Somewhere between here and Annwn
a part of me is cloistered
about the spring flowers
as she paints another saintly visage.
In another life she has been drinking
the truth from a forbidden cup.
The saints no longer look the same:
their hands are red with blood and filled
with splinters and chips of stone
from shattered pagan idols.
The stained glass is blood stained.
Her voice catches on the songs and tears
as if upon nails – she SCREAMS
and the stained glass shatters.
The nunnery falls down.
This poem, which is based on a spirit-journey, signals my release from a malaise I have been calling ‘nun envy’. Although I realised Christianity was not for me when I experienced its dull and stuffy sermons and the patriarchal presence of the Christian God in my local C of E church as a Brownie at church parade a part of me has longed for learning and ritual and shared devotion in a religious community.
I have been deeply jealous of Christians because they have a system of support for people who have a sense of vocation. For those who are called to serve God there are ways of living by this calling. Vicars and priests receive an education and a salary for their work and nuns and monks lead lives of dedication to God based around prayer, manual labour, and artistic and intellectual pursuits without worrying how to pay for housing or food. When I hit thirty-five I realised that was the last chance I would have of becoming a Christian nun and living what looked the ideal life except for… the Christianity.
Of course, I decided against, because I did not want to betray my god to the God and saints of the religion that destroyed the pagan traditions and, in particular, demonised him and the Otherworld he rules.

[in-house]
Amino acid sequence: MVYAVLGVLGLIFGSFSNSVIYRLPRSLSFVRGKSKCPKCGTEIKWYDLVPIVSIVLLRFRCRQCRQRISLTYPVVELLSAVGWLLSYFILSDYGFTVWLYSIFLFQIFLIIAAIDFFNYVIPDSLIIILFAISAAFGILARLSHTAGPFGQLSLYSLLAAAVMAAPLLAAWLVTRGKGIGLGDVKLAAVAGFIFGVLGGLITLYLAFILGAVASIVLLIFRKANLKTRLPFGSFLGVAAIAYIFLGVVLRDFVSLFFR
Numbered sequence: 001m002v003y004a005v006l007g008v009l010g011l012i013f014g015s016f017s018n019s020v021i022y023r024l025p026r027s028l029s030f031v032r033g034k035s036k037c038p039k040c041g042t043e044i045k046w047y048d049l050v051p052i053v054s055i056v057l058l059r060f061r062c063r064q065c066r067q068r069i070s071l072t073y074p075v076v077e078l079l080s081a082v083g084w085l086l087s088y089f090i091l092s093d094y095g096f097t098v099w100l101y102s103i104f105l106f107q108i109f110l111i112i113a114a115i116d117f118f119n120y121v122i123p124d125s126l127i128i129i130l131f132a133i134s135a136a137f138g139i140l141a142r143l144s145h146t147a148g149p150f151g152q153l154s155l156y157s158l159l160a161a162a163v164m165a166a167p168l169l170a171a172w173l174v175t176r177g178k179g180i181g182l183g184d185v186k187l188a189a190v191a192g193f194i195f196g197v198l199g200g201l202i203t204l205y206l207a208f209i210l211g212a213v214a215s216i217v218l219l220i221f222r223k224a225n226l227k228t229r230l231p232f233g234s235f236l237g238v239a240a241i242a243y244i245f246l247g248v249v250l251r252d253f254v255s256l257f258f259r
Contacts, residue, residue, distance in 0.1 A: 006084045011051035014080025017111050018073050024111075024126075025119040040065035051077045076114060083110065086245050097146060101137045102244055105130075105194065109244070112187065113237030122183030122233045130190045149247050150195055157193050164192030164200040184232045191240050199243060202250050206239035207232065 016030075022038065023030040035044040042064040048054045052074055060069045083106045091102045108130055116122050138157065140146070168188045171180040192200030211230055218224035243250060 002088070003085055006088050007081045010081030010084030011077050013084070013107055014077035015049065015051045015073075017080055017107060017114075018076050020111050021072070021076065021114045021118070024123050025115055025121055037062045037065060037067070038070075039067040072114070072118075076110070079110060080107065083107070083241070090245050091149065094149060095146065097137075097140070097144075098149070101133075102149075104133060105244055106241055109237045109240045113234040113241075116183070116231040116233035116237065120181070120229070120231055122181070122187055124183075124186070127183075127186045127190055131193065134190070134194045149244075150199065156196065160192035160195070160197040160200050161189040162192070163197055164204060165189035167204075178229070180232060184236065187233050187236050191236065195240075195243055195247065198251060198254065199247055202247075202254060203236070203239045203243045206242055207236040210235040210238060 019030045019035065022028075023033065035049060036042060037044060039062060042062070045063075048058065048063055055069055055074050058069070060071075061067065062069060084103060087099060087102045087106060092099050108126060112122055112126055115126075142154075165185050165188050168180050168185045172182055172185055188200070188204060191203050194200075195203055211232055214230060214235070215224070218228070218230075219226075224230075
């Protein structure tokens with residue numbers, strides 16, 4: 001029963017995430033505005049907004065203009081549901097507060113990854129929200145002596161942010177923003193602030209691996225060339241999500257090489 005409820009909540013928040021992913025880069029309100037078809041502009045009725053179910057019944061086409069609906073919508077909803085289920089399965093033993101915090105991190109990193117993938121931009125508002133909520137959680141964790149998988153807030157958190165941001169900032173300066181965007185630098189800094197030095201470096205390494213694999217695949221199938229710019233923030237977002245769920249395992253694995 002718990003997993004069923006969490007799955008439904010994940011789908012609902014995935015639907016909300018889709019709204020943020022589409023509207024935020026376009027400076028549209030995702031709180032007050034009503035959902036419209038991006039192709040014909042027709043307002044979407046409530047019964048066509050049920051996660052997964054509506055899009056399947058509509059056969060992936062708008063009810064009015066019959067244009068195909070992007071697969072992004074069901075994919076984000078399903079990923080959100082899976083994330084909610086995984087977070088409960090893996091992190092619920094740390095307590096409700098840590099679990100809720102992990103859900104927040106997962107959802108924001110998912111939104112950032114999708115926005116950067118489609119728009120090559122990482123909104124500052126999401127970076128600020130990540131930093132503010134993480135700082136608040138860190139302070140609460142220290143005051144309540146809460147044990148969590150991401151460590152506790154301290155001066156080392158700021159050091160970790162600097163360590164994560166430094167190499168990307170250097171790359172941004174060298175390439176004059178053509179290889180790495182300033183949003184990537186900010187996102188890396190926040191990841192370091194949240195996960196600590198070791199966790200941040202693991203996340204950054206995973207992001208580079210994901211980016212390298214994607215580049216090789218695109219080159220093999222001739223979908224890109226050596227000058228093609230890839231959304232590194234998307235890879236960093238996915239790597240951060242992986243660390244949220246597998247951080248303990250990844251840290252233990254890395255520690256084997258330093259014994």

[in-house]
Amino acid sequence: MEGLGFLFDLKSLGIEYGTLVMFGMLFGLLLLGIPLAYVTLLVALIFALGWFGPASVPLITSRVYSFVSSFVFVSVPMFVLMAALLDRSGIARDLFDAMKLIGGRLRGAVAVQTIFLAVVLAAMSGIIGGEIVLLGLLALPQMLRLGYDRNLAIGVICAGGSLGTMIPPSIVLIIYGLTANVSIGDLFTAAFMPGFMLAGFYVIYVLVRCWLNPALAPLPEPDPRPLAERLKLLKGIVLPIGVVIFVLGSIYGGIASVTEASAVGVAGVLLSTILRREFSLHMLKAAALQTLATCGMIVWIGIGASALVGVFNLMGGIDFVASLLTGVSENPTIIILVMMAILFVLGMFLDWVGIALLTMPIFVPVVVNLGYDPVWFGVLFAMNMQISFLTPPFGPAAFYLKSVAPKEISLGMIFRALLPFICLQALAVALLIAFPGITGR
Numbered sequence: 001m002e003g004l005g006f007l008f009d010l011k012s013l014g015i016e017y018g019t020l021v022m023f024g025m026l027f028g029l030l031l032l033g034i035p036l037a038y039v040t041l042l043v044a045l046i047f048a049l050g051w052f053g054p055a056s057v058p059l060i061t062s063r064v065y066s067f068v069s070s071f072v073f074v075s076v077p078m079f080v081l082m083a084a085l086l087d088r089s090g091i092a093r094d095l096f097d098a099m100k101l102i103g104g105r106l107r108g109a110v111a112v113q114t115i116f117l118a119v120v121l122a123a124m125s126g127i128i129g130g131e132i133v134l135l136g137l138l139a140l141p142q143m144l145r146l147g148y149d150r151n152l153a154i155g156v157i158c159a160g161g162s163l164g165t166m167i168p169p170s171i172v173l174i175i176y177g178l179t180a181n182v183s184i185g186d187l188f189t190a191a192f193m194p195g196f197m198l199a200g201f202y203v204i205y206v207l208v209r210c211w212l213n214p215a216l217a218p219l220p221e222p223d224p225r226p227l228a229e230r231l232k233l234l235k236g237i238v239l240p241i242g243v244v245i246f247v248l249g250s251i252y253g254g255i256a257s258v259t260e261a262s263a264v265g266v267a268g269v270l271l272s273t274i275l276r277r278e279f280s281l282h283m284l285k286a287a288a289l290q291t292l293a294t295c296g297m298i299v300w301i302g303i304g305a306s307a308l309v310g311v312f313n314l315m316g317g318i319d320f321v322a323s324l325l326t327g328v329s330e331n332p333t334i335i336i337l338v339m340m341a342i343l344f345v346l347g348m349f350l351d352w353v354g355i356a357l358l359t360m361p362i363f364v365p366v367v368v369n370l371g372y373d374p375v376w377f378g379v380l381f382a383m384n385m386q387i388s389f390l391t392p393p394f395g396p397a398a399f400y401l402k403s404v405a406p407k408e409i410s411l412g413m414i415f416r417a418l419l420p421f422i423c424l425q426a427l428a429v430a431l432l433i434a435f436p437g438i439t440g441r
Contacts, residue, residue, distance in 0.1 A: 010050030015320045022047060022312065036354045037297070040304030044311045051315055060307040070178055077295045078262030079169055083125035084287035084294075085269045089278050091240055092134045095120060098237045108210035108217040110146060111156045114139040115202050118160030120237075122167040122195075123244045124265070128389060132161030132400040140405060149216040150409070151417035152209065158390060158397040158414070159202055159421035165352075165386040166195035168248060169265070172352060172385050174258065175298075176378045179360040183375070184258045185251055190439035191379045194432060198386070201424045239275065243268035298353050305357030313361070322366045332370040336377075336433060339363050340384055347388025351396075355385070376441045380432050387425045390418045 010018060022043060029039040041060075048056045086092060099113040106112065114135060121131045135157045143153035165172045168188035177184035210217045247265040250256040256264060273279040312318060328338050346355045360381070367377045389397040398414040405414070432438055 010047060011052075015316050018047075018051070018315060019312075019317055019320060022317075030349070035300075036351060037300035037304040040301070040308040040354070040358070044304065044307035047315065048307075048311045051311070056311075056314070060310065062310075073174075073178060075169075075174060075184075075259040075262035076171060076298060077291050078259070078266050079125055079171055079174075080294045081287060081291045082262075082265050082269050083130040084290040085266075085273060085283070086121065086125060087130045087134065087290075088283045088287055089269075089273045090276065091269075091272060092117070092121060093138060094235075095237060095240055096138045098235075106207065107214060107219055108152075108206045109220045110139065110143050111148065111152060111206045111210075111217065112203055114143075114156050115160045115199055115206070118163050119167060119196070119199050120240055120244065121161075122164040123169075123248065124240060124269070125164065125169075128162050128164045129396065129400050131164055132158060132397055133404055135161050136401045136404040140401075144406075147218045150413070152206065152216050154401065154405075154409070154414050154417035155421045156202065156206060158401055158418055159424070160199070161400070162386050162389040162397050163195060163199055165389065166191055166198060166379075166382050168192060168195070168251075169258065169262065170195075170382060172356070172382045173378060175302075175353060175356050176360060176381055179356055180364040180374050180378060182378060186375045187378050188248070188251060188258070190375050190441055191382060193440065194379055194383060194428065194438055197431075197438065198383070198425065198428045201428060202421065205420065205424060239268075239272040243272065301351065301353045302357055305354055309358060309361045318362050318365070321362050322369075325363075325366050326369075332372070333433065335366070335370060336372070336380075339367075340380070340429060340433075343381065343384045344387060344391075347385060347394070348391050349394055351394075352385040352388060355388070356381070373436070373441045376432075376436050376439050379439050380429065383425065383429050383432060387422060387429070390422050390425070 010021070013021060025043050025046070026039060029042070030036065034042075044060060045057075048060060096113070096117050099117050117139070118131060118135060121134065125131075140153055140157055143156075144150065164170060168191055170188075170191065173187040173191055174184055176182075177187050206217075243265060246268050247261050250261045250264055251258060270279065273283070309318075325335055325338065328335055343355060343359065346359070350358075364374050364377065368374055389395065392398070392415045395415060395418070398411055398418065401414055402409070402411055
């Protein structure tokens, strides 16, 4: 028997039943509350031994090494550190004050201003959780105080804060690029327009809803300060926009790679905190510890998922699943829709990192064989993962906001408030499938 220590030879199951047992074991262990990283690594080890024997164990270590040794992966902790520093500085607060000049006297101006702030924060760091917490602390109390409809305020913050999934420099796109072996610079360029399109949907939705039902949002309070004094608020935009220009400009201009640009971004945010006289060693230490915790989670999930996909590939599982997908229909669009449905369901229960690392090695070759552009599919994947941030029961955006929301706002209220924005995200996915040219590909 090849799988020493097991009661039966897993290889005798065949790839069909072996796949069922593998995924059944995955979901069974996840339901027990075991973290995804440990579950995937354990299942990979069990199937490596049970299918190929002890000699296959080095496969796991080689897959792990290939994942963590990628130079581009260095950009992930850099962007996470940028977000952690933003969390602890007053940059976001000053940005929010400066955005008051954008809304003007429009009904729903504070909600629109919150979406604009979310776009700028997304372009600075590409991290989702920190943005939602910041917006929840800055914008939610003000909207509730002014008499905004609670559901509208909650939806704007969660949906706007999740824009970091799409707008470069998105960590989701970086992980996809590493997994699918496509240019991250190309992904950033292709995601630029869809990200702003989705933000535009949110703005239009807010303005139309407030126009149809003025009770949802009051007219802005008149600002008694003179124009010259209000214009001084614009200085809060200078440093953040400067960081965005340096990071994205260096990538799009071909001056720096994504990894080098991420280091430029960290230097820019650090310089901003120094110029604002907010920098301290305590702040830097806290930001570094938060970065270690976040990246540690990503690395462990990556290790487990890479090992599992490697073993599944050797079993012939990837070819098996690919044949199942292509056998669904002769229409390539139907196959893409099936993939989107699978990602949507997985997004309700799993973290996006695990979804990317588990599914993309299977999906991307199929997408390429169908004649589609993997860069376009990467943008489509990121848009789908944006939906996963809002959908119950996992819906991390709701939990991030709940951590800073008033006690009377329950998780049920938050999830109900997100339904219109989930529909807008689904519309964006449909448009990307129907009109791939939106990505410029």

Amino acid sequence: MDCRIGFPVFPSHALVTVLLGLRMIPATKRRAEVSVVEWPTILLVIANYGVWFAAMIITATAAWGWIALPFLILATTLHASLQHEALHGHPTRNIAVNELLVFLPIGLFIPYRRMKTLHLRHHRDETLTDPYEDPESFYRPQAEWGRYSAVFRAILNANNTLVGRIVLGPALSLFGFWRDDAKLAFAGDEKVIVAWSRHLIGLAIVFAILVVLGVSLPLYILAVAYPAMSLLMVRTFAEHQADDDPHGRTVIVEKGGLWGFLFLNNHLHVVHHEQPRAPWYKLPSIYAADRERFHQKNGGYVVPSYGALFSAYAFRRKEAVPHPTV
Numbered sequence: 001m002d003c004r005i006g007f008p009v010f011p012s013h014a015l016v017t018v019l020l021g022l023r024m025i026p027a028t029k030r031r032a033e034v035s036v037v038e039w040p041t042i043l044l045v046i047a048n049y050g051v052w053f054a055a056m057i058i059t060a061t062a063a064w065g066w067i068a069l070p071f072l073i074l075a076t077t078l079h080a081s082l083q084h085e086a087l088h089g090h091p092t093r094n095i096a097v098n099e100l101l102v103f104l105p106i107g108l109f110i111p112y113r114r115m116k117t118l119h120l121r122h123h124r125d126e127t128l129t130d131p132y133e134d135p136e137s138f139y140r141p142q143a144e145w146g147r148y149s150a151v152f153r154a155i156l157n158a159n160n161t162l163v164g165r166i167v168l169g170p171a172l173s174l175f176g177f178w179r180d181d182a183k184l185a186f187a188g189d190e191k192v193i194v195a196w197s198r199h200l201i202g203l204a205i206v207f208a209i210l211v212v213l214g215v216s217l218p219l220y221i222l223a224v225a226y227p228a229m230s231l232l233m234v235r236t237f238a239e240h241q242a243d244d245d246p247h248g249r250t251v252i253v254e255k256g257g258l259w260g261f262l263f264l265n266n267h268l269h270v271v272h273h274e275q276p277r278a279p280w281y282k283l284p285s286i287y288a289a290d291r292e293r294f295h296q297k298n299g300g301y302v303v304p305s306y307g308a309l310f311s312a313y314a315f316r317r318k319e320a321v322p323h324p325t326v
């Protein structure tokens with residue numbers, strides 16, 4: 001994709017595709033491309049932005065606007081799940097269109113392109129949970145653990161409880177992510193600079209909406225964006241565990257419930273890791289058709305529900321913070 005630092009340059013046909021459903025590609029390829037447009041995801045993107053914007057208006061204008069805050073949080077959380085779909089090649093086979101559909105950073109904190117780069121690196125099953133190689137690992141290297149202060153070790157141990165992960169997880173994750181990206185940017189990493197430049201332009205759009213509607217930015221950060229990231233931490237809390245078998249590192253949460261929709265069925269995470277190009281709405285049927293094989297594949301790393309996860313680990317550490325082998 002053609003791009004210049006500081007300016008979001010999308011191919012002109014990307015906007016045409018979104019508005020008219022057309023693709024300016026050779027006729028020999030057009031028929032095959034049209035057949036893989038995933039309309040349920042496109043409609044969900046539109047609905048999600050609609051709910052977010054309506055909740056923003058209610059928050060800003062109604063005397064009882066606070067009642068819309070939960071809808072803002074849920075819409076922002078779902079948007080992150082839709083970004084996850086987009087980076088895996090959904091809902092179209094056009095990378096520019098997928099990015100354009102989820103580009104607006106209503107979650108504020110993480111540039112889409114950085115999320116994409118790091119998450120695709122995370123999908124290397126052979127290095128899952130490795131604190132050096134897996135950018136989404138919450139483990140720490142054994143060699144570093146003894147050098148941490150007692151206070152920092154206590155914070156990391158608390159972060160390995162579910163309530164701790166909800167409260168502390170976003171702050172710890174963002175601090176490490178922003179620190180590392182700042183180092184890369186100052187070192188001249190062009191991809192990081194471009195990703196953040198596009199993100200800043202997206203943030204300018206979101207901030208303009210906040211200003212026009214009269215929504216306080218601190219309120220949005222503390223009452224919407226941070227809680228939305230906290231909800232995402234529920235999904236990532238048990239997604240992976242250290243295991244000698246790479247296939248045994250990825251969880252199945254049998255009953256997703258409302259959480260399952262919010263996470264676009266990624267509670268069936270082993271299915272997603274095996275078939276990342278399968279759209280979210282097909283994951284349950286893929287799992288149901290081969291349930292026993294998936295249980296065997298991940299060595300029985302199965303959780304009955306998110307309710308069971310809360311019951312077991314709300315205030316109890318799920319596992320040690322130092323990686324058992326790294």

Yet, still I kept yearning for what Christian monastics have. Researching local monasteries and abbeys. Finding myself drawn to Preston’s Carmelite monastery.
Visiting the Tabor Retreat Centre, which was once a Carmelite nunnery but is now run by the Xaverian Missionaries (this provides regular meditation classes, Lectio Divina, short courses and even a book club as well as retreats which I’d have loved to go to … if only I was Christian!).
Wanting to go back to the ruins of Fountains Abbey (which I visited every weekend when I worked at the Yorkshire Riding School) to sit and mourn something I will never have.
A strange impulse I believe may be rooted in a past life as a nun. A few years ago when I read in a biography about the ritual burial of Julian of Norwich – entombed like Christ to become his bride and an anchoress who would never see the outside world again I felt like I was being buried alive. As if I’d experienced something similar before. I flung the book into my wardrobe, slammed the door, and went for a walk feeling immensely grateful for my freedom to see trees and taste the fresh air.
I’ve always had a push-pull relationship with Christian mysticism, art, literature, and song. A yearning for its richness and beauty but a dislike of its unhealthy obsession with suffering and punishment.
As a consequence of years of learning about how nearly every splendid church and cathedral is based on the takeover (violent or non-violent) of a pagan sacred site; how nearly every haloed saint is associated with the defeat of a pagan mythic figure or with the slaughter or conversion of pagans; how the Christian tradition is founded on the death of paganism, it has finally lost its fusty-fingered hold on me.
Being an awenydd attempting to reweave the ways between Annwn and This-modern-world isn’t easy. But I think I will be able to do it better and more happily now my yearning for what Christians have and my nun envy is gone. From the ruins of the shattered nunnery may new shoots and tendrils grow.